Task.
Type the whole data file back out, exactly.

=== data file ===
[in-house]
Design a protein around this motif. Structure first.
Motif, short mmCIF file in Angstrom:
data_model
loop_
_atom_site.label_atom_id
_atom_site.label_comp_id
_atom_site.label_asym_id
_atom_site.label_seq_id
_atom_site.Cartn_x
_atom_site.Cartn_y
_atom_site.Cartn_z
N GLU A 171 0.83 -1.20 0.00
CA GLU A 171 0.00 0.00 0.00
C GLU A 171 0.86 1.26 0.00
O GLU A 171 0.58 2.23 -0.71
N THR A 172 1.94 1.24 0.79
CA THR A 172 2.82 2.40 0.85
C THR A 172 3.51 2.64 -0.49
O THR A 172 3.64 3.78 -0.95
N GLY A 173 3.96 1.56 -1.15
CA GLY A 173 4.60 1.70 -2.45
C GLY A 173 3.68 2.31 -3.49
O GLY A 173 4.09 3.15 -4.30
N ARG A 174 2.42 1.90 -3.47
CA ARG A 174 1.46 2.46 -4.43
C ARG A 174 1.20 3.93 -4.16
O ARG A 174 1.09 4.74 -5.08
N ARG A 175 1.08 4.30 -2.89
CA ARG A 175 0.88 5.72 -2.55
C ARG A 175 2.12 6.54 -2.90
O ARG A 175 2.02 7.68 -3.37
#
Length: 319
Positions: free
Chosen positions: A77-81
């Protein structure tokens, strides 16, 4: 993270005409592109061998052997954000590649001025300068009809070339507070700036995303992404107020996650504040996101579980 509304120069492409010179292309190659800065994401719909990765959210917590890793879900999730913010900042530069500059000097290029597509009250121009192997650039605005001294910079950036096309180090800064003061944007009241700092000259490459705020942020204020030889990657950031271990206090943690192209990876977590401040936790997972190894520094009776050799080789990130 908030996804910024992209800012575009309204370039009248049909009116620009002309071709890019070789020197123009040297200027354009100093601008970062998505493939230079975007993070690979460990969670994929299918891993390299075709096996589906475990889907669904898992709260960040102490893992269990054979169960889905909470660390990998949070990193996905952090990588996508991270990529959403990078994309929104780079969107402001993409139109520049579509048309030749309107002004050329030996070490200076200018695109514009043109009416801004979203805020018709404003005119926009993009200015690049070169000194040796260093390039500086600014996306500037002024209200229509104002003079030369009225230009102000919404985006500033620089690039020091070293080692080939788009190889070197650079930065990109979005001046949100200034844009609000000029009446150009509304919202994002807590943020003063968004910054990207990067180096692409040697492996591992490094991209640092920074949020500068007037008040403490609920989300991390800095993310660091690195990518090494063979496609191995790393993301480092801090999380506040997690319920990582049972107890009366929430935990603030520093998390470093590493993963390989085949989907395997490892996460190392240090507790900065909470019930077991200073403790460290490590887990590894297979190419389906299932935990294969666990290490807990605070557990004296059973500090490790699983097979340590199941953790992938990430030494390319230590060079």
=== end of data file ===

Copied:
[in-house]
Design a protein around this motif. Structure first.
Motif, short mmCIF file in Angstrom:
data_model
loop_
_atom_site.label_atom_id
_atom_site.label_comp_id
_atom_site.label_asym_id
_atom_site.label_seq_id
_atom_site.Cartn_x
_atom_site.Cartn_y
_atom_site.Cartn_z
N GLU A 171 0.83 -1.20 0.00
CA GLU A 171 0.00 0.00 0.00
C GLU A 171 0.86 1.26 0.00
O GLU A 171 0.58 2.23 -0.71
N THR A 172 1.94 1.24 0.79
CA THR A 172 2.82 2.40 0.85
C THR A 172 3.51 2.64 -0.49
O THR A 172 3.64 3.78 -0.95
N GLY A 173 3.96 1.56 -1.15
CA GLY A 173 4.60 1.70 -2.45
C GLY A 173 3.68 2.31 -3.49
O GLY A 173 4.09 3.15 -4.30
N ARG A 174 2.42 1.90 -3.47
CA ARG A 174 1.46 2.46 -4.43
C ARG A 174 1.20 3.93 -4.16
O ARG A 174 1.09 4.74 -5.08
N ARG A 175 1.08 4.30 -2.89
CA ARG A 175 0.88 5.72 -2.55
C ARG A 175 2.12 6.54 -2.90
O ARG A 175 2.02 7.68 -3.37
#
Length: 319
Positions: free
Chosen positions: A77-81
């Protein structure tokens, strides 16, 4: 993270005409592109061998052997954000590649001025300068009809070339507070700036995303992404107020996650504040996101579980 509304120069492409010179292309190659800065994401719909990765959210917590890793879900999730913010900042530069500059000097290029597509009250121009192997650039605005001294910079950036096309180090800064003061944007009241700092000259490459705020942020204020030889990657950031271990206090943690192209990876977590401040936790997972190894520094009776050799080789990130 908030996804910024992209800012575009309204370039009248049909009116620009002309071709890019070789020197123009040297200027354009100093601008970062998505493939230079975007993070690979460990969670994929299918891993390299075709096996589906475990889907669904898992709260960040102490893992269990054979169960889905909470660390990998949070990193996905952090990588996508991270990529959403990078994309929104780079969107402001993409139109520049579509048309030749309107002004050329030996070490200076200018695109514009043109009416801004979203805020018709404003005119926009993009200015690049070169000194040796260093390039500086600014996306500037002024209200229509104002003079030369009225230009102000919404985006500033620089690039020091070293080692080939788009190889070197650079930065990109979005001046949100200034844009609000000029009446150009509304919202994002807590943020003063968004910054990207990067180096692409040697492996591992490094991209640092920074949020500068007037008040403490609920989300991390800095993310660091690195990518090494063979496609191995790393993301480092801090999380506040997690319920990582049972107890009366929430935990603030520093998390470093590493993963390989085949989907395997490892996460190392240090507790900065909470019930077991200073403790460290490590887990590894297979190419389906299932935990294969666990290490807990605070557990004296059973500090490790699983097979340590199941953790992938990430030494390319230590060079």